This freedom is a kind of freedom from the tyranny of seeing too much and hearing too much and reading too much (it's the kind of tyranny that, to paraphrase Soth, comes from sitting at a computer and thinking that everything has been photographed. Get out into the world and that is no longer the case.) Seeing too much can weigh you down, reading too much theory can weigh you down. 'The beauty of photography is that is pulls you not only literally out into the world, but pulls your consciousness into a mode of observation that is really rewarding, almost addicting.' says Divola.
That pulling can be joyful and fun. I think we agonise far too much about photography in all its forms, rather than enjoying it for what it is and relishing that addictive delight in the image, the book, the wall. We spend too much time nit-picking and looking for holes in work and sometimes forget that we are actually making fools of ourselves with our bad grace and bullying tones, and that all we are doing is creating barriers of expression both for ourselves and for others. And sometimes there is a partiality and selectivity to our critical thinking that is most unbecoming.
But when we put the focus on the energy, the dynamism, the pleasure of the work, then more uplifting elements come into play, and photography becomes about creativity, art and life, not about the dark austerities of photography's shadowlands. And then we have more freedom to experiment, make mistakes and create something new. We'll still make rubbish but we'll have a better time making it and because less energy is wasted on those things that sap our will, ultimately better, more interesting and more exciting work will emerge. Ahh, sweeping generalisations. Don't you love them! This is what Divola said about Isolated Houses (the project into which Dogs Chasing Cars is woven)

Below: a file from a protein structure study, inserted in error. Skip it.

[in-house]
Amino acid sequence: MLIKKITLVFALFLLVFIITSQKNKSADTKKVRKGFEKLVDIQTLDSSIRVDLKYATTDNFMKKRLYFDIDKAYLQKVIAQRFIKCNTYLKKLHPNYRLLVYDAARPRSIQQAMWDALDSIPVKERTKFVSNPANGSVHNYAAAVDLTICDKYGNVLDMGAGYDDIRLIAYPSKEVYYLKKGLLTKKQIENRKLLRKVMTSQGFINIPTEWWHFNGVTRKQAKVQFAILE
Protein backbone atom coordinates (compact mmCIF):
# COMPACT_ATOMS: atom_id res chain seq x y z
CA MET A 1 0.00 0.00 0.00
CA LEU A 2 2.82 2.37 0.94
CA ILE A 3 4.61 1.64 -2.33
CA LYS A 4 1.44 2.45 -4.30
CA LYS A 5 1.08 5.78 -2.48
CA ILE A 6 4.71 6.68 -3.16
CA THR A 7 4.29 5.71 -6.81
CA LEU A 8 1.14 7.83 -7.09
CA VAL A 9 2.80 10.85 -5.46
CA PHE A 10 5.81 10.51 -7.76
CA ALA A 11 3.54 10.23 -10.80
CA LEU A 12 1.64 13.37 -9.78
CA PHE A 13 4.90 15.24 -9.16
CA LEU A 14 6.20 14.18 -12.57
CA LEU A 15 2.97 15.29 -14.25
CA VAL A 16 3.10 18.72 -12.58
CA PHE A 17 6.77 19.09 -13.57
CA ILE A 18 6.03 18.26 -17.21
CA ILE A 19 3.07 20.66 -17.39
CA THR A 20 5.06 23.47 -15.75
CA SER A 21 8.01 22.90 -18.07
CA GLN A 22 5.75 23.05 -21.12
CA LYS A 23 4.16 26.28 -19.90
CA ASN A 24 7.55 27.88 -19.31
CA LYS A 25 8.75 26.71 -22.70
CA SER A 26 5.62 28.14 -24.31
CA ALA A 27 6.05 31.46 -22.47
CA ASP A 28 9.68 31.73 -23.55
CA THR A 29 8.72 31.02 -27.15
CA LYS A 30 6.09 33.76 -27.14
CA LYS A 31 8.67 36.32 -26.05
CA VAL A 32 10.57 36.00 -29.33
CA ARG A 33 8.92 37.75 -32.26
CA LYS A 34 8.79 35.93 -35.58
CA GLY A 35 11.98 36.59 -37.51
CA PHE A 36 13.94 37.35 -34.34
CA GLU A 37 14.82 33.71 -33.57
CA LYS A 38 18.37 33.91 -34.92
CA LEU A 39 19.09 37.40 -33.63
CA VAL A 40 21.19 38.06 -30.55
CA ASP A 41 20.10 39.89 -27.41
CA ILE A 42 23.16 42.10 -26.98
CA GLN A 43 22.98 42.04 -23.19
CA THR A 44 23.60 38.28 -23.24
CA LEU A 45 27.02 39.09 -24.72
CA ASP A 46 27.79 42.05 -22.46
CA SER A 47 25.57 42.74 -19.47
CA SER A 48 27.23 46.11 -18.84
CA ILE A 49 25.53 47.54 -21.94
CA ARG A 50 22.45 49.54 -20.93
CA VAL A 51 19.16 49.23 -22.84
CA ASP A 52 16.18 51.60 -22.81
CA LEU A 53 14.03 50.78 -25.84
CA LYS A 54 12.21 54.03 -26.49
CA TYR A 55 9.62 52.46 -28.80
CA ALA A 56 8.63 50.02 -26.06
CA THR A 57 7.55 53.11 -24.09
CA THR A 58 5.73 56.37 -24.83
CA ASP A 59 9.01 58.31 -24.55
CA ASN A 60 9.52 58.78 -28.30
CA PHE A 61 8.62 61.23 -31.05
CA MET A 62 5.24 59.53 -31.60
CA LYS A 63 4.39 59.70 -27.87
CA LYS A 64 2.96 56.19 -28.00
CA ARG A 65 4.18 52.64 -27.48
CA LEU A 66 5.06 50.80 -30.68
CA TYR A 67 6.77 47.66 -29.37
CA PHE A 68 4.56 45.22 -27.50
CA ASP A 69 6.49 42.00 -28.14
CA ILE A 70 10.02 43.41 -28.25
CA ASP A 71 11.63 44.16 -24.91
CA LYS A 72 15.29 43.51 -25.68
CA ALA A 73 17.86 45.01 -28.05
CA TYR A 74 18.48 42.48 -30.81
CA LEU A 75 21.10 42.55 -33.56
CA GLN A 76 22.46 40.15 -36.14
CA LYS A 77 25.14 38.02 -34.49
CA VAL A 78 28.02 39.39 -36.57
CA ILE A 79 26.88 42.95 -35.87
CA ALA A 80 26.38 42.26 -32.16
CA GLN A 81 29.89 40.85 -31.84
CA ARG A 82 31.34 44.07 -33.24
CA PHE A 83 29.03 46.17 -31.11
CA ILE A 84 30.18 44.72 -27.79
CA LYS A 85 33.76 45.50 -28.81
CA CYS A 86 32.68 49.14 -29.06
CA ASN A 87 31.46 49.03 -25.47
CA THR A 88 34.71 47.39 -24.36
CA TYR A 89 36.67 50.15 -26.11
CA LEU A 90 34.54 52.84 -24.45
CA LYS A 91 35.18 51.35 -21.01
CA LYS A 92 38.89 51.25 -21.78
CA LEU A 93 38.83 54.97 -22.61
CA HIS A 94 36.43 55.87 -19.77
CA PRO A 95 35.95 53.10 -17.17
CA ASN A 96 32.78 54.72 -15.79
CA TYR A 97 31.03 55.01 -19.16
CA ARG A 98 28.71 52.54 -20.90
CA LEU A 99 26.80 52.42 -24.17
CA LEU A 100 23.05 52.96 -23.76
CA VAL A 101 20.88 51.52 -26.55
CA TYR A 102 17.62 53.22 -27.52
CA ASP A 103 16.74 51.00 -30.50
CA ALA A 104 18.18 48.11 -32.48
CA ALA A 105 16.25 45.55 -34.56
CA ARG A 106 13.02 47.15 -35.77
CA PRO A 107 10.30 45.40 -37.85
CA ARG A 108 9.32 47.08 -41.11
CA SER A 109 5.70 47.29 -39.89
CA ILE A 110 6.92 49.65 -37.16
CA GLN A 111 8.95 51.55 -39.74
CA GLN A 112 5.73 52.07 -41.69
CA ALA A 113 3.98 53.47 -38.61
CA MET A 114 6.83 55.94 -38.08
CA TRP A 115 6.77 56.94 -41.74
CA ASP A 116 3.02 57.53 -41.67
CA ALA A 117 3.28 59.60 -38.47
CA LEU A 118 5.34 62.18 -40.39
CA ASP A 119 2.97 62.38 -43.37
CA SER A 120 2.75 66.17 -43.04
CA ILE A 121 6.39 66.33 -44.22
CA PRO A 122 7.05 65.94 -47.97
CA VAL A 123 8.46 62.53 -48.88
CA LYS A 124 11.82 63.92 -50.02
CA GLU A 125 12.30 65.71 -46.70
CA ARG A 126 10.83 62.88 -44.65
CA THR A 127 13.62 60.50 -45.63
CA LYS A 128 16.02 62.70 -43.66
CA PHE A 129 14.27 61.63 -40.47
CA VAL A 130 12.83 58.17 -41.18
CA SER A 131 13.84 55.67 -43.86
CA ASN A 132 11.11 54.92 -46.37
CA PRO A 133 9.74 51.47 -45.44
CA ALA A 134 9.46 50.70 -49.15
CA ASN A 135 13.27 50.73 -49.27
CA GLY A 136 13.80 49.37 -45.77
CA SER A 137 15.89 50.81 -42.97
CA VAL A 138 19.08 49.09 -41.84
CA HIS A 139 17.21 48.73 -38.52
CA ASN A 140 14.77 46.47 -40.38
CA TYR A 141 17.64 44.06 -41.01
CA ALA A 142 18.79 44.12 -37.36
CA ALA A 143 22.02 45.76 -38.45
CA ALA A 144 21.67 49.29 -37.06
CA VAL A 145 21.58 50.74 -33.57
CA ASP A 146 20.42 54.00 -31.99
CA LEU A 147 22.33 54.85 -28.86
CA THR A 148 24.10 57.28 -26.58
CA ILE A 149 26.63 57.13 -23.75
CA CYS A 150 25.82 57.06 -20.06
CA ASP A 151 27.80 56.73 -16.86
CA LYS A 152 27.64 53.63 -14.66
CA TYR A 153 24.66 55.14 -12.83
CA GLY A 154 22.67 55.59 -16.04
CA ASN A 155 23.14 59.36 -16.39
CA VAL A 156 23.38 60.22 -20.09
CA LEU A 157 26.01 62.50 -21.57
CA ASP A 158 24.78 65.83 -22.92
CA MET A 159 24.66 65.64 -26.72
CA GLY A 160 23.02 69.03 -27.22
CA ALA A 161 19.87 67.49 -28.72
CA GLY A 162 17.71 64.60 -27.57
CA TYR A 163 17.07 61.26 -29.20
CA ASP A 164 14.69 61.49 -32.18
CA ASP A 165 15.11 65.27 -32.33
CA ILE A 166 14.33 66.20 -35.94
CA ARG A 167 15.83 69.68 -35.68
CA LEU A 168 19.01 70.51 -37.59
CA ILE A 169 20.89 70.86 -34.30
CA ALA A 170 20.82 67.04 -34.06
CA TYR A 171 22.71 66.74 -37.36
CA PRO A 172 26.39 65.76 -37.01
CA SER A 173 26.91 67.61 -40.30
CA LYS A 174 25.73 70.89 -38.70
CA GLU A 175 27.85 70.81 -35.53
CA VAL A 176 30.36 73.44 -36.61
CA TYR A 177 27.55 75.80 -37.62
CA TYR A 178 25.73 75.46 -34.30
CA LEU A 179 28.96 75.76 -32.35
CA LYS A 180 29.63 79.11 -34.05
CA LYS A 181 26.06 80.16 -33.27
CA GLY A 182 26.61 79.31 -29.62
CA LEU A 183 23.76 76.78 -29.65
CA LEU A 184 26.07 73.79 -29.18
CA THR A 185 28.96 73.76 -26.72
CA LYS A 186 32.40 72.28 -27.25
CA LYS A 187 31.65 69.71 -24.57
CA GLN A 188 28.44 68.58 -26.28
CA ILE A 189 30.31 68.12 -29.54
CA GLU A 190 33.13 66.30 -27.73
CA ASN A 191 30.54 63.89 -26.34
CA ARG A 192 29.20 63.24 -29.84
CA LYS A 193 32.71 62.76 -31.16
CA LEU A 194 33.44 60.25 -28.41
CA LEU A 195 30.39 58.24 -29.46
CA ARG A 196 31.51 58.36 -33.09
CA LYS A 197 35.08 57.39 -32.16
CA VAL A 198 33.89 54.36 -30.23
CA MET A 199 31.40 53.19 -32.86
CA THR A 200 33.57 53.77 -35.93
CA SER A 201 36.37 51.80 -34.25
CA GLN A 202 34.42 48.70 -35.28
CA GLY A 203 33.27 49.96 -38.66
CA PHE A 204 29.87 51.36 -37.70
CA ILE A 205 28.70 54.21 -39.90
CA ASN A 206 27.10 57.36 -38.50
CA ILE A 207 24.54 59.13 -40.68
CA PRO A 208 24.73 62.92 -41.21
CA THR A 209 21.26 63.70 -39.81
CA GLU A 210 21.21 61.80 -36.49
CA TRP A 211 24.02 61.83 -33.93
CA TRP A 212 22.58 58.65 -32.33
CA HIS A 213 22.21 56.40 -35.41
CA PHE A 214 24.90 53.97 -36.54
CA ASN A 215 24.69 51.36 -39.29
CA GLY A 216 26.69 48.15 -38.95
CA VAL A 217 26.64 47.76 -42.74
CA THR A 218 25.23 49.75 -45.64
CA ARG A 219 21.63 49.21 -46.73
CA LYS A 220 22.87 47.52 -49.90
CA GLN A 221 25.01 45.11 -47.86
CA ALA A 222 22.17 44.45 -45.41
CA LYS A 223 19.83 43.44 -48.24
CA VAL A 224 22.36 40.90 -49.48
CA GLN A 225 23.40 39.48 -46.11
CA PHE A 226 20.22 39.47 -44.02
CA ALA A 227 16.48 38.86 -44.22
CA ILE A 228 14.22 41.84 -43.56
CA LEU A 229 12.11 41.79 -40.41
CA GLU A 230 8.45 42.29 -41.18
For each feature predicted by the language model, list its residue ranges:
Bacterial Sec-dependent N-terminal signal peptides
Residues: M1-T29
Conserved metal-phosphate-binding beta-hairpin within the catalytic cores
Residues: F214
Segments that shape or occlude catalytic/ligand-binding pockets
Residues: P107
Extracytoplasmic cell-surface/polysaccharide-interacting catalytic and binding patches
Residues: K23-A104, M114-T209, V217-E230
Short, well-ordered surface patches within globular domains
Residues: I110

'But I was old enough by that point that I just didn’t care. I loved being out there, it was the most enjoyable body of work I have ever done. You are out on some dirt road, the car window is open and the wind is blowing, its beautiful and no one is bothering you, the doing of that body of work was just so fantastic. I gave myself permission to do it even though I didn’t think it was particularly cutting edge.'
There's enjoyment and fun in there and a sense of just getting things done and not thinking about it too much. I detect a sense of glee in those chasing dog pictures too. Glee on the part of Divola. He shot them with one hand on the camera, one on the wheel and you can imagine him teasing the dogs as he accelerates and coasts, accelerates and coasts, winding the dogs up as he goes. That might be why they look so mad. Or maybe that's a desert dog thing. I don't know.
Wednesday, 18 March 2015
I didn't get to go to Format Festival at the weekend, because it was Mother's Day and I had to cook breakfast, make dinner, wrap presents and generally serve up the delights that are due to the mother of my child. It was lovely.
And so, by all accounts, was Format. It's had rave reviews from the people I've spoken to who went. But I sadly missed the opening.